Complaining, also known as protesting, bitching, moaning, fussing, gripe, vent, and so-on has become increasingly commonplace with the advent of social media. Of course, you already know that much about the internet. Heck, it’s the biggest complaint I hear about Facebook (Yes, the fact that others complain too much is cause for many to complain). I’ve had my fair share of exasperated frustrations and have even resorted in blogging about them. You can read my failed attempt at complaining HERE. My interest is in how the rhetoric of a complaint is either successful or fails. From observation, it would seem that successful complaining has certain qualities that allow the complainer to be heard and agreed with.
Types of complaining
Before diving headlong into rhetorical strategies of complaining, it would be best to determine some definitions and purpose to complaining.
A 2017 Psychology Today blog post [Found Here] by Dr. Robert Biswas-Diener, suggests that complaining “happens in the wake of a negative situation”, meaning that complaining is less proactive and more reactive extending from some exigent need. While this is not always the case, it does mean that the perceived immediate need of the complaint-rhetoric outweighs more substantial or valid issues. In other words, you’re more likely to complain about stubbing your toe on that “stupid F*ing bed-frame that no one can see because of that stupid bed sheet ruffle” (especially after immediately stubbing it) than current socio-economic concerns over low-income housing rates as a result of inflation and the resulting increase to homelessness. Both are current problems, but you did just-stub-your-toe.
According to Dr. Biswas-Diener there are three types of complainers. The first two are different types of “chronic complainers”. The first type makes the act of complaining into a habit. This is either as a result of general attitude or deeper psychological/physical issues. The second type, known as “venting”, is complaining with an agenda in mind. Typically, the second type is attempting to fulfill some lack in emotional validation. If you’ve ever heard someone complain to multiple people at different times, the complaint sounds rehearsed as you hear it over and over again. The third type, known as “instrumental complaining”, is “all about solving problems”. While these are very few and far between, instrumental complaints can be a significant source for social or political change, if used properly.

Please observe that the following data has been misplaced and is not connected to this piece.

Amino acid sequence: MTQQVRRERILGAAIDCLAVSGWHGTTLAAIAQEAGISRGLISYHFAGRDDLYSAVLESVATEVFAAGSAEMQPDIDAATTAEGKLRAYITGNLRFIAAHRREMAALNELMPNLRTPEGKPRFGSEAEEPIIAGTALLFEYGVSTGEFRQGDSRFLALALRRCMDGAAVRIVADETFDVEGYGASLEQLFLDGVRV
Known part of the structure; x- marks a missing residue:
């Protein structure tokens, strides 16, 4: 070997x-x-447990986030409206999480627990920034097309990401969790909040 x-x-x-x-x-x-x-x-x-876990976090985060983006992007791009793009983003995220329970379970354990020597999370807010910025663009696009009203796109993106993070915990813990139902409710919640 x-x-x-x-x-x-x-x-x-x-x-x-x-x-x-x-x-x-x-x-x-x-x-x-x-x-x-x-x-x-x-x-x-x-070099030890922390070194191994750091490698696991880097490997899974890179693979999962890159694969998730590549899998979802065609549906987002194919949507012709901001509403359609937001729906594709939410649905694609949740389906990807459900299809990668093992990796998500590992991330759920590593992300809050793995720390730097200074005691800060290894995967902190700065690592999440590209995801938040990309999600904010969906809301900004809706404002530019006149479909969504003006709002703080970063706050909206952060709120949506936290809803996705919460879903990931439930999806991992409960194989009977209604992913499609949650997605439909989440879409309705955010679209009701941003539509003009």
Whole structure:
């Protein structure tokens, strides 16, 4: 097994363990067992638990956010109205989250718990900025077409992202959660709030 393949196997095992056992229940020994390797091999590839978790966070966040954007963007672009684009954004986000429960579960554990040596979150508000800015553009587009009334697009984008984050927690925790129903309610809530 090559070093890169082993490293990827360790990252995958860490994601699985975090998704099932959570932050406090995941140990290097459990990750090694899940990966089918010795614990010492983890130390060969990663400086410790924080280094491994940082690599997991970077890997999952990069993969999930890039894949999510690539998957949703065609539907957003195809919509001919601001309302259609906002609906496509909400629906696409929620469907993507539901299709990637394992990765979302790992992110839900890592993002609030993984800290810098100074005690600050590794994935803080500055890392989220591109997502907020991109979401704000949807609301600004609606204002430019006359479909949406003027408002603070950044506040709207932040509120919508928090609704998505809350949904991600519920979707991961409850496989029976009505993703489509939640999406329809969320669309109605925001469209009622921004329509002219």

Dr. Biswas-Diener does make a suggestion on how one should complain, but it’s more of an issue of frequency as in, “only rarely” or “only in instances where you believe it will affect real and positive change”. I’d like to suggest a construction for a complaint based off personal experience with grant proposals. More specifically, let’s use needs/problem statement.
The needs-statement in a grant proposal is a great example of a more formal “complaint”. For a non-profit, a needs-statement is an expression of a problem and usually involves a solution the non-profit hopes to achieve using the awarded money. In 2017, I did a case study over 5 successful grant proposals (all quite different in populations served, location, and amount requested). Interestingly, I found that each of the 5 grants wrote more about the solution to the problem than the problem itself (strictly word count in a cluster analysis). If anyone really cares about my methodology or results just email me. The more interesting point to make is that needs-statements definitely fall under instrumental complaining and their general construction could be used to formulate more successful everyday complaints.
A needs-statement is very similar to logical statement construction. You have the premise, the inference, and the conclusion.
Premise in a complaint
This is the bread to your butter or, in other words, the foundation of your complaint also known as the problem. What you base your complaint on will determine the level of positive or negative reception, if any at all. I mean “positive” in the sense that the complaint has a higher likelihood of being received as valid and vice versa with “negative”.
Positive complaint examples:
Responding to national/intl. tragedies. Really, anything with violence or mass death is in this category. For instance, there was a ton of complaints about the levees after Hurricane Katrina in 2005. There was also a ton of complaints about the security of Mandalay Bay Casino after the 2017 Las Vegas Shooting. Both have lead to conversations for changes in legislation and preventive measures.